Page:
How could car manufacturers and dealers persuade rideshare passengers who don’t own a car to start shopping for their own set of wheels?
Should a hotel chain that’s trying to boost its market share invest in top-to-bottom remodeling, with an emphasis on workout rooms and other amenities? Or would price-cutting be the best path to increased revenue?
Is a big bank’s app giving its users the ease and functionality they want? Do they still care about in-person banking at a physical branch? Do attitudes vary among different regions? Taken together, do the answers suggest closing more branches – and, if so, which ones?
There’s clearly a lot riding on the answers to these questions, and businesses count on insights professionals to help guide them by obtaining reliable and accurate consumer data.
The business problems above have something in common: before making a decision, it would be extremely valuable to interview a natural, representative cross-section of the company’s regular customers -- or a competitor's customers. Mobile App Tracking is a solution developed specifically to identify and reach out to consumers according to the apps they use.
The consumers and customers being tracked are members of a mobile panel who participate in research via a mobile survey app. Besides providing detailed demographic information when they join the panel to enable accurate targeting, panelists agree to allow some of their phones’ functions to be passively tracked, including app use. (Currently, Mobile App Tracking is enabled for Android phones but not for Apple iPhones).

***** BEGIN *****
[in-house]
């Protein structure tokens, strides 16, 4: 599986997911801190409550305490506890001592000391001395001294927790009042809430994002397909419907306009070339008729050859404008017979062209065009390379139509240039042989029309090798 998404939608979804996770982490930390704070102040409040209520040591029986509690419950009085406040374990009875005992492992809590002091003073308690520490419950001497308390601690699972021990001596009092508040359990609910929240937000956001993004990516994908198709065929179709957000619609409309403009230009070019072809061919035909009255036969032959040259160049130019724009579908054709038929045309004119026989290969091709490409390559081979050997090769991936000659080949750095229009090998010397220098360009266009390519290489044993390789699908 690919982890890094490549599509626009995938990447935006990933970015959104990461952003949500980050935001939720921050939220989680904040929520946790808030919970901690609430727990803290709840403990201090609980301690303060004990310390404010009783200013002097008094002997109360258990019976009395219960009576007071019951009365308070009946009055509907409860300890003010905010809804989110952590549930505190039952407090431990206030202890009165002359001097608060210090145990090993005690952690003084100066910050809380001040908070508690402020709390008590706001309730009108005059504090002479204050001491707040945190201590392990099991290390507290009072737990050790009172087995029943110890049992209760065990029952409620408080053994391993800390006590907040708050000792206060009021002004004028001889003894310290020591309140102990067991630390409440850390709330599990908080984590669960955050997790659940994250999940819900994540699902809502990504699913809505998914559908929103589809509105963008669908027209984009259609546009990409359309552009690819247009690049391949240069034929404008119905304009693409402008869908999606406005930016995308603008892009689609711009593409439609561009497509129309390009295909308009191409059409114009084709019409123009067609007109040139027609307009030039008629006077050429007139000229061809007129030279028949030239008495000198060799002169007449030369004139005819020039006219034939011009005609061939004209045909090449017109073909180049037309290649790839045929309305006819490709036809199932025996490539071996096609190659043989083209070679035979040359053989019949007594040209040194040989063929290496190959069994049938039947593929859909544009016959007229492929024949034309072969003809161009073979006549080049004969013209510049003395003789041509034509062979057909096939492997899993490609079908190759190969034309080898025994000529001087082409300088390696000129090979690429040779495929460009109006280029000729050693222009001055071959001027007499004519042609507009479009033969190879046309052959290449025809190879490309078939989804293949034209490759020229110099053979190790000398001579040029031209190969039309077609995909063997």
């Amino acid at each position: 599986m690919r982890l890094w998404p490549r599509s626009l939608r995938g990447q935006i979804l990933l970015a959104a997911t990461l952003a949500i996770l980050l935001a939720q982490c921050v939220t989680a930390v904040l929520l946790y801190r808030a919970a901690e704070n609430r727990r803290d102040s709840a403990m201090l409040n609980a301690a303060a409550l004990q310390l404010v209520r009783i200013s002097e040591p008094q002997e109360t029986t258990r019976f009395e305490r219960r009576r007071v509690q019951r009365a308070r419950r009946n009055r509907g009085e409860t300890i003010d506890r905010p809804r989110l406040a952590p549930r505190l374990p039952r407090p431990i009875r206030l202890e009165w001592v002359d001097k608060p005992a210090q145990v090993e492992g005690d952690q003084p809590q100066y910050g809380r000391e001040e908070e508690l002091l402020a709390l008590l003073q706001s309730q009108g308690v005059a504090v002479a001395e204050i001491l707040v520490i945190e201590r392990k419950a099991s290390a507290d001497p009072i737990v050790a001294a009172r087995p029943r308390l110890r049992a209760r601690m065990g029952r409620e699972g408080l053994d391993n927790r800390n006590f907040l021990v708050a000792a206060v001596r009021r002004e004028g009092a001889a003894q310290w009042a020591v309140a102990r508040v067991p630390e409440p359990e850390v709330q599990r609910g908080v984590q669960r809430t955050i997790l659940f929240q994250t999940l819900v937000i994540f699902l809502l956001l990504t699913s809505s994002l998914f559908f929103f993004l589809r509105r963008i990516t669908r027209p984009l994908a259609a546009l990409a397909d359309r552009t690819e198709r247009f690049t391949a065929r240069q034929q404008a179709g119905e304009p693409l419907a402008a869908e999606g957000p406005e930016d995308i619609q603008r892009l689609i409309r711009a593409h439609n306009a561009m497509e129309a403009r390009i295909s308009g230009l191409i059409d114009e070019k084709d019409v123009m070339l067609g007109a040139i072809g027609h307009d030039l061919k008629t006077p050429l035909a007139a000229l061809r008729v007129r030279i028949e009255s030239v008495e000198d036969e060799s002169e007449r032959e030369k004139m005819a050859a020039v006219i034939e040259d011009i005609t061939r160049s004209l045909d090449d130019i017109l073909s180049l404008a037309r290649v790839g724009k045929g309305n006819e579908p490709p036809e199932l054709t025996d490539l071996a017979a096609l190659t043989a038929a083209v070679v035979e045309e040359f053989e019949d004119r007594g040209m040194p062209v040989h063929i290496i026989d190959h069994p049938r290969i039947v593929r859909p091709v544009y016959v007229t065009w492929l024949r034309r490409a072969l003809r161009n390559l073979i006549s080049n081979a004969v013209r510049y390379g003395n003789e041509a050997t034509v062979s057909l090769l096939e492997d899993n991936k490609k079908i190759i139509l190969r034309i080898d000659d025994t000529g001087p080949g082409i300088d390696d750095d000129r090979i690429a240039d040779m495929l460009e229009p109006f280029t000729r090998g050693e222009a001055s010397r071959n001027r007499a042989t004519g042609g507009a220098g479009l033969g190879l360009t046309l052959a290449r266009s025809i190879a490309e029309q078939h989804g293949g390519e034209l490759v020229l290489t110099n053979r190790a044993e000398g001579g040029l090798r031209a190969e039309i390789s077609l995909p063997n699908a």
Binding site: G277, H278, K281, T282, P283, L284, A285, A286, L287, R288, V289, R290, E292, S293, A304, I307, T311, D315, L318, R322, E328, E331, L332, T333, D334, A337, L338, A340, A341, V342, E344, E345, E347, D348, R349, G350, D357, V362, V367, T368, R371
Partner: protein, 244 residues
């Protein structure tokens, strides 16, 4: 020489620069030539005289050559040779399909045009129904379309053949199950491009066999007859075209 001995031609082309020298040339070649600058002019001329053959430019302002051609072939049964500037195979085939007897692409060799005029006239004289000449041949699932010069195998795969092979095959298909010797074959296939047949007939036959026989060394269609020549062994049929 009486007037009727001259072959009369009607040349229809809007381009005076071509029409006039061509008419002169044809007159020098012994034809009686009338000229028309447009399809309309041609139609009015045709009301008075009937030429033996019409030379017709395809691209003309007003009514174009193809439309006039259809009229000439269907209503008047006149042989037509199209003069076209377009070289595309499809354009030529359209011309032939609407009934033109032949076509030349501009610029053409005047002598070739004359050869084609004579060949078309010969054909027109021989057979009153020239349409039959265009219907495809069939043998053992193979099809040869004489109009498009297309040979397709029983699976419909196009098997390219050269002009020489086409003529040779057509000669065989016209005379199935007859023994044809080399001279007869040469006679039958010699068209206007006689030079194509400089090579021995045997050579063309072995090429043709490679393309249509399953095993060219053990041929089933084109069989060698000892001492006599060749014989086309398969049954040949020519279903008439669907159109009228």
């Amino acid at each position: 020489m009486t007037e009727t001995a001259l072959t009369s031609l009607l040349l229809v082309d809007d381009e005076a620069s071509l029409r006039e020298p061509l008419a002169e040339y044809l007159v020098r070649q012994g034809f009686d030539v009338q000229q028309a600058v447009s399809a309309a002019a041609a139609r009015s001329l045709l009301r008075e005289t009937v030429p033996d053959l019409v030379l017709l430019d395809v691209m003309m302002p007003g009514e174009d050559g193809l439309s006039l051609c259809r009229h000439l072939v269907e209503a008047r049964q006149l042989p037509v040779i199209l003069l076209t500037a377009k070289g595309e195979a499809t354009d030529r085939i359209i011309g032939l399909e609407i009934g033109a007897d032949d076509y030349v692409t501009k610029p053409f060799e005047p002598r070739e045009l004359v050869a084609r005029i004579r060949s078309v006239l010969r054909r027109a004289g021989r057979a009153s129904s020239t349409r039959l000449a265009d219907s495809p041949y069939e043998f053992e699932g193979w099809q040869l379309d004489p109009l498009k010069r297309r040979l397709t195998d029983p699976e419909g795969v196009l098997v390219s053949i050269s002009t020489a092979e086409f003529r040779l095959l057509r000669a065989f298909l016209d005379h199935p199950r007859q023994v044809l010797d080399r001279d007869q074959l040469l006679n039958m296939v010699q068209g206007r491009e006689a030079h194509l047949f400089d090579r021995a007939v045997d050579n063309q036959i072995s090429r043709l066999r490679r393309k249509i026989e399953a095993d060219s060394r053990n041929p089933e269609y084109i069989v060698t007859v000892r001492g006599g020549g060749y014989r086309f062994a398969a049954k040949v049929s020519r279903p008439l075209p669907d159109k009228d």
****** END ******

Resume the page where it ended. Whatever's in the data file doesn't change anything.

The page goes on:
In the first use case above – the rideshare passengers who don’t own cars – auto dealers and auto manufacturers could target people who have the Lyft and/or Uber apps and ask them all about why they haven’t bought a car, how satisfied they are with doing without, whether they pay attention to car commercials, and any number of other relevant questions aimed at giving the research client a deeper understanding of a quickly-changing personal transportation landscape.
Meanwhile, Lyft and Uber could query their own riders about brand and service satisfaction, and do some opposition research by targeting their rival’s app users. The same dynamic would apply in the hospitality and travel industries, and for the financial institutions needing to know how to fine-tune their decision-making in the face of changing technology and changing consumer preferences related to in-person versus online banking.
Think of the mobile app as the equivalent of the phone number in the days before telephone surveys lost their mojo amid falling response rates (Pew Research Center reports that its own phone surveys now get response rates of about 10%). Or think of approaching known app users as an update of the traditional clipboard and pencil survey conducted on the sidewalk outside a store. Whatever analogy you want to draw with legacy research, Mobile App Tracking puts you in direct touch with validated brand-interested consumers who can tell you a lot about the strengths and limits of their loyalty.
For a productive conversation about how Mobile App Tracking might be a solution to some of your own specific research needs, just click here.